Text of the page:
Joi Ito, the director of the MIT Media Lab, and Jeff Howe wrote a book called Whiplash: How to Survive our Faster Future. The book concerns itself with a set of basic management principles that they believe govern the successful development and evolution of new technology. I think these principles fairly represent current perception and support what are generally accepted in tech today as virtuous practices. The principles are presented in a kind of yin and yang pairing of binary and opposing forces.
One of those pairs is emergence over authority. The authors argue in favor of emergence over authority as the source and nutrient of ingenuity and innovation in technology. Their discussion is pretty well restricted to the theoretical plane (they offer little in the way of practical advice for fomenting emergence beyond “if you observe it, encourage it.”)
Here I want to show how emergence over authority is at work in the business presentation and how emergence can be encouraged with the practical application of the principles of live performance which I advocate.
The model must change
The traditional model guiding business presentations rests almost entirely on what I call the Authority of Office and category expertise. The voice of authority is presumed in the presenter because in older hierarchical organizations the presenter is very often the boss or team leader. If not the boss, they are presumed to be the category, company or industry expert. The audience pays attention and follows the direction offered in the presentation because it is their job and responsibility to do so. Even the word we use, “presentation,” suggests a formal, one-way communication.
But tech companies today are less likely to be rigid, formal hierarchies. They tend to be flatter. Most of us now have more colleagues than employees or direct reports. Working groups are increasingly ad hoc. We create teams on an as-needed basis that change dynamically as projects progress and evolve. We have more temporary assignments and work with or under the direction of a quick succession of project managers or business owners. We have more remote employees who work remotely or independently and may be on site only occasionally to attend a meeting or presentation. As a result, contributors to any initiative are less vested in long-term personal relationships (or annual reviews from a single manager they may be working under for only the next two months). Independence of thought, solution and action are encouraged as we all have fewer external imperatives to take direction.
Information and expertise are also distributed more broadly. It is increasingly less frequent that any one person has all the knowledge or expertise necessary to understand or accomplish any significant business initiative. There is simply no way any one person can know everything. Individuals may possess a narrow knowledge or skill set that is critical, but only to a single facet of larger overall projects.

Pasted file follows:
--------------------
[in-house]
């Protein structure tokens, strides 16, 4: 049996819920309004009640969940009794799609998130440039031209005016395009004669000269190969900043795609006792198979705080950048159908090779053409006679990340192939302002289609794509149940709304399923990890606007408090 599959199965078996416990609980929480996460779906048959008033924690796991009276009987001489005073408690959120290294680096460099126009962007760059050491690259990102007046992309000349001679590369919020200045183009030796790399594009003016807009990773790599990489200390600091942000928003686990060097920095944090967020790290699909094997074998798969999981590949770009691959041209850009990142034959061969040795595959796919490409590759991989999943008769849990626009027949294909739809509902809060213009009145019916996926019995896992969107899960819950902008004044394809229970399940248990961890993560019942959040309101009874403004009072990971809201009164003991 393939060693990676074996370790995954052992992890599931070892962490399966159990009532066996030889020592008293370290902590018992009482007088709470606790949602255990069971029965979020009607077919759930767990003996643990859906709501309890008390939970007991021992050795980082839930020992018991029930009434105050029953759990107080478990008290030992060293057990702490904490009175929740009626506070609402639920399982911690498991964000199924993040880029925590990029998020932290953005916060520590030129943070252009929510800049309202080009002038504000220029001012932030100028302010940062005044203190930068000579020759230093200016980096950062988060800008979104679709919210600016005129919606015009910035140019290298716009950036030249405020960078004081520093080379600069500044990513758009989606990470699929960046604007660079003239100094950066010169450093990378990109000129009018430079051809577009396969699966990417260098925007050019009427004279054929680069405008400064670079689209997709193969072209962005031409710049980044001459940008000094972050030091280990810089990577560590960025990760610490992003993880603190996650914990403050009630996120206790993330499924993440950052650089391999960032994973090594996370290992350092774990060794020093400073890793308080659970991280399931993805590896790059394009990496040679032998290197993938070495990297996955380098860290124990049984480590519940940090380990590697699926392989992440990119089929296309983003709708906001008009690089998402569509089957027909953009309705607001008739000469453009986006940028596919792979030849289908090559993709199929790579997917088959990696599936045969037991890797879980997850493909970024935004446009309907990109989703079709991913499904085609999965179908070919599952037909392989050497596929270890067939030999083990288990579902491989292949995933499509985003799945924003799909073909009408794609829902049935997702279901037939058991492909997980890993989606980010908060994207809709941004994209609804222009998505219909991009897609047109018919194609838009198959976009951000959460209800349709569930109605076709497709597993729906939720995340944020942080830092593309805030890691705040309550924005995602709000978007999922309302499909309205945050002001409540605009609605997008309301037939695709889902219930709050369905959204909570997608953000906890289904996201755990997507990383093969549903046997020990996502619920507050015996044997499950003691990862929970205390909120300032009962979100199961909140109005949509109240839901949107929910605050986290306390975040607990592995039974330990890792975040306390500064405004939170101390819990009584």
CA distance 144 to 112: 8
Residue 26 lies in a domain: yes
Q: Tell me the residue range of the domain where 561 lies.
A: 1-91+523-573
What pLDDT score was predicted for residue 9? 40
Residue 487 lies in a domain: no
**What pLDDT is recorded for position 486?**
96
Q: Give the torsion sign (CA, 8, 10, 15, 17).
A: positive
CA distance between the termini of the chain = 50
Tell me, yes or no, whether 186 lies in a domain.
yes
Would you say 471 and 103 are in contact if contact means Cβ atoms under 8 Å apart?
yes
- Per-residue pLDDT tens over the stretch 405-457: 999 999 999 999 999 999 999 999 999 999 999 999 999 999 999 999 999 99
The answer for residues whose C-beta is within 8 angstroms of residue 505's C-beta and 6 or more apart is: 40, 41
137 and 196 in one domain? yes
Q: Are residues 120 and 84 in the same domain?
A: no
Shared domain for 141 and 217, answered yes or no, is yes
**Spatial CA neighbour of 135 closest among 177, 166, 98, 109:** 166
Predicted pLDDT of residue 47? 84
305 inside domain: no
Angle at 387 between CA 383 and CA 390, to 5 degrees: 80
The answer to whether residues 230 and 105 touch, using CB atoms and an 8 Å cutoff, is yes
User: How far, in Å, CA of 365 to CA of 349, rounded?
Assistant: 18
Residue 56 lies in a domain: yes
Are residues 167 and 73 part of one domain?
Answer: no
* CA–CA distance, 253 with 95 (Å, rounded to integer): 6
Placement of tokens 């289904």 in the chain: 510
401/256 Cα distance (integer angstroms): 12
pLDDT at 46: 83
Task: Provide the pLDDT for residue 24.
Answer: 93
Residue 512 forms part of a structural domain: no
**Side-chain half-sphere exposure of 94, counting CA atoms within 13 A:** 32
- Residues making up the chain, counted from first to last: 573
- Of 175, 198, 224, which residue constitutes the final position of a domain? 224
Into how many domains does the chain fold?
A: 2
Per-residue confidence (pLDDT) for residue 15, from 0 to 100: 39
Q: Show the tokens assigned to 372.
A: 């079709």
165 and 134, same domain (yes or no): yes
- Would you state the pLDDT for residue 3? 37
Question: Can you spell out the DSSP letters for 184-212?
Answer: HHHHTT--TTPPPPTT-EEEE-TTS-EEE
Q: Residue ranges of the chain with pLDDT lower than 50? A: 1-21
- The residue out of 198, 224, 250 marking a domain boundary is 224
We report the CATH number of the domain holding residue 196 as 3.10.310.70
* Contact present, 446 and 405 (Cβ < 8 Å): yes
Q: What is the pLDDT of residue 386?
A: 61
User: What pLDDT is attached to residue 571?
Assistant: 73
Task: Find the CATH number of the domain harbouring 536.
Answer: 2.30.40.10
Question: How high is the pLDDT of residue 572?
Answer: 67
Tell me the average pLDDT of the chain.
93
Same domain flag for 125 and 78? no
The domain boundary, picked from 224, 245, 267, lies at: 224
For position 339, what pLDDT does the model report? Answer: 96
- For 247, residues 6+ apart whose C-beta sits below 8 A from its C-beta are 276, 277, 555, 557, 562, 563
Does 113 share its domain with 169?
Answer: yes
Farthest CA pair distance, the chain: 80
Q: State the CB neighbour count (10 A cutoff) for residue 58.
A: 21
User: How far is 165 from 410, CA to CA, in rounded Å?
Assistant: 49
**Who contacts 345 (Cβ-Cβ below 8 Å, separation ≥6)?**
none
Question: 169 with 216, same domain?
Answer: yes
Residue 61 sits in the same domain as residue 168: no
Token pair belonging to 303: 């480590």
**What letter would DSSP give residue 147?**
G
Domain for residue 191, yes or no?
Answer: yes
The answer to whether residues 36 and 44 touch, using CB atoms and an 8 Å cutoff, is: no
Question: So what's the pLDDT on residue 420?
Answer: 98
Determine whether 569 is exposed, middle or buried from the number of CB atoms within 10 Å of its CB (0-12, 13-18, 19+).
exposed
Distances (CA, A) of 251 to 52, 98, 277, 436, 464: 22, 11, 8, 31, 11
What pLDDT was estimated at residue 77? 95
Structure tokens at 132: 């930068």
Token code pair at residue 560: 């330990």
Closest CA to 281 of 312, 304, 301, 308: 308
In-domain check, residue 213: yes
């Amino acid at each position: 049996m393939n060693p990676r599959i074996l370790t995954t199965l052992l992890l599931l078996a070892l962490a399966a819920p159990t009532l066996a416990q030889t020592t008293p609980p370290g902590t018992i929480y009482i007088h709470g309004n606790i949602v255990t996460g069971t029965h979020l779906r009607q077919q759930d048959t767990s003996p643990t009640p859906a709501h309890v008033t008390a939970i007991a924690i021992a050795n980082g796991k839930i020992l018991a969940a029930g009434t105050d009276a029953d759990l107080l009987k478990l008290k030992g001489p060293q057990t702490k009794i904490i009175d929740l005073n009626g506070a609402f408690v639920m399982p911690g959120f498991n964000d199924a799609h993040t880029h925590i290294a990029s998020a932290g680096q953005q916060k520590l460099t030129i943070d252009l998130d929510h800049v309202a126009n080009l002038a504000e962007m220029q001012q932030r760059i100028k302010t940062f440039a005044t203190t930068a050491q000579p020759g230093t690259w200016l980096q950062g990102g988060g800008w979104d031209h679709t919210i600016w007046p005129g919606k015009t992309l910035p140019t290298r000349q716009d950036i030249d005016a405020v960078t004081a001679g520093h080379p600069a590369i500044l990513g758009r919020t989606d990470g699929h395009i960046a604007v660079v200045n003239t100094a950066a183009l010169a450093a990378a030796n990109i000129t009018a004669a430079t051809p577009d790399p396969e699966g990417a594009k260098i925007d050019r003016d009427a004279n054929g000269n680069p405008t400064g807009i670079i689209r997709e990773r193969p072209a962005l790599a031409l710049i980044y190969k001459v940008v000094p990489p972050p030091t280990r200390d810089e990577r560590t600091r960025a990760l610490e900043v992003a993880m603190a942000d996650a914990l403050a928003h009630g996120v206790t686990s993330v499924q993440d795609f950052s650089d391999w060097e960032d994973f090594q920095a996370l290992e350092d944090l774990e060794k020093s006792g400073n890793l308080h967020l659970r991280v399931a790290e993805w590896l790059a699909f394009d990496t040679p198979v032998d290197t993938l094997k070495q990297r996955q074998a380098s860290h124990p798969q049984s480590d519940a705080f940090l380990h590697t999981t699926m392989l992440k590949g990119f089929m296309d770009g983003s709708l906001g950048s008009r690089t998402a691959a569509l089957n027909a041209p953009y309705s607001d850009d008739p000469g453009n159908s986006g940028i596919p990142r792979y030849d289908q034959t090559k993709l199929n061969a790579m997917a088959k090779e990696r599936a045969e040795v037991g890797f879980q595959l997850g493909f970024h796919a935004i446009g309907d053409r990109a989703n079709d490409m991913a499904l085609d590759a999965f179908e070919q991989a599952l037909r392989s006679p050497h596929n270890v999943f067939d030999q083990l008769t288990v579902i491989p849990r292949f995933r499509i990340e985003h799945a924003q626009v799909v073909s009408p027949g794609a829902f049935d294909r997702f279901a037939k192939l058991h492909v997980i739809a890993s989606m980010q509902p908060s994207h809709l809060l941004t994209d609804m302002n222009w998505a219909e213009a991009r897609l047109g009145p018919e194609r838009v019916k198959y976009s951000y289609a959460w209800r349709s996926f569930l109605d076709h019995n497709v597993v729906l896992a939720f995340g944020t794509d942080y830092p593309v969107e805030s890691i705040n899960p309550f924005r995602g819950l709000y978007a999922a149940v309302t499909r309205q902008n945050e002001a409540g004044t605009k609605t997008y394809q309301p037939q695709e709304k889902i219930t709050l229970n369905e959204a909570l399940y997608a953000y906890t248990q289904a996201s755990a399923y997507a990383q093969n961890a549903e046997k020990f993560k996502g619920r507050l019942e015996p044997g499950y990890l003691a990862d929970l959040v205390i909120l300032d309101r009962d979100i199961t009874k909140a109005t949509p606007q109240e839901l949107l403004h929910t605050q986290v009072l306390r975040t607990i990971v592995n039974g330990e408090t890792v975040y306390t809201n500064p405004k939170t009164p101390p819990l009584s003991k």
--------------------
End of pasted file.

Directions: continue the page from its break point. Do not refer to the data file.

As a result, most of the audiences you face today are peers, not subordinates, who collectively possess nearly as much if not more than you do. The old authority model for presentations can become a source of anxiety for many presenters. They are less likely to be seen by the audience as the person who has all the answers and that may explain why the top concerns expressed by tech managers continue to include: “that I do not have all the information,” “I will not have the information the audience expects,” “I will be asked questions I don’t know the answer to,” etc. The voice of authority seems to have abandoned them, and presenters are at a loss for confidence.
An emergence model
So that means we require a new way to think about the business presentation; one that is focused more on persuasion and invitation than revelation and directive; a model that is less overtly didactic and that values the knowledge and experience of the audience as much as the knowledge of the presenter.
A business presentation is a live performance and the live performance is first and foremost a shared experience between the presenter and the audience. The intent of the presentation is to transform the audience’s thinking, not command their obedience. The live performance model recognizes that the audience plays a role in that experience. The live performance model invites questions from the audience. It allows for contributions to be made by the audience and for ideas to emerge from the audience.
If members of the audience possess key knowledge that is essential to the shared experience and the goals we are trying to achieve, and if they are to become actors in the implementation of decisions and realization of those goals, then it is important for the presenter to describe active roles for those audience members in a project narrative which invites and allows the audience to make those contributions: that make meaningful response on the part of the audience possible. That is the way we move audiences to action.
The new voice of authority comes from skillful management of the presentation experience. The presenter serves as the catalyst between the audience and the content of the presentation. The goal of the presenter is to reach their audience, transform their thinking and move them to action. That is how great presentations are allowed to emerge.
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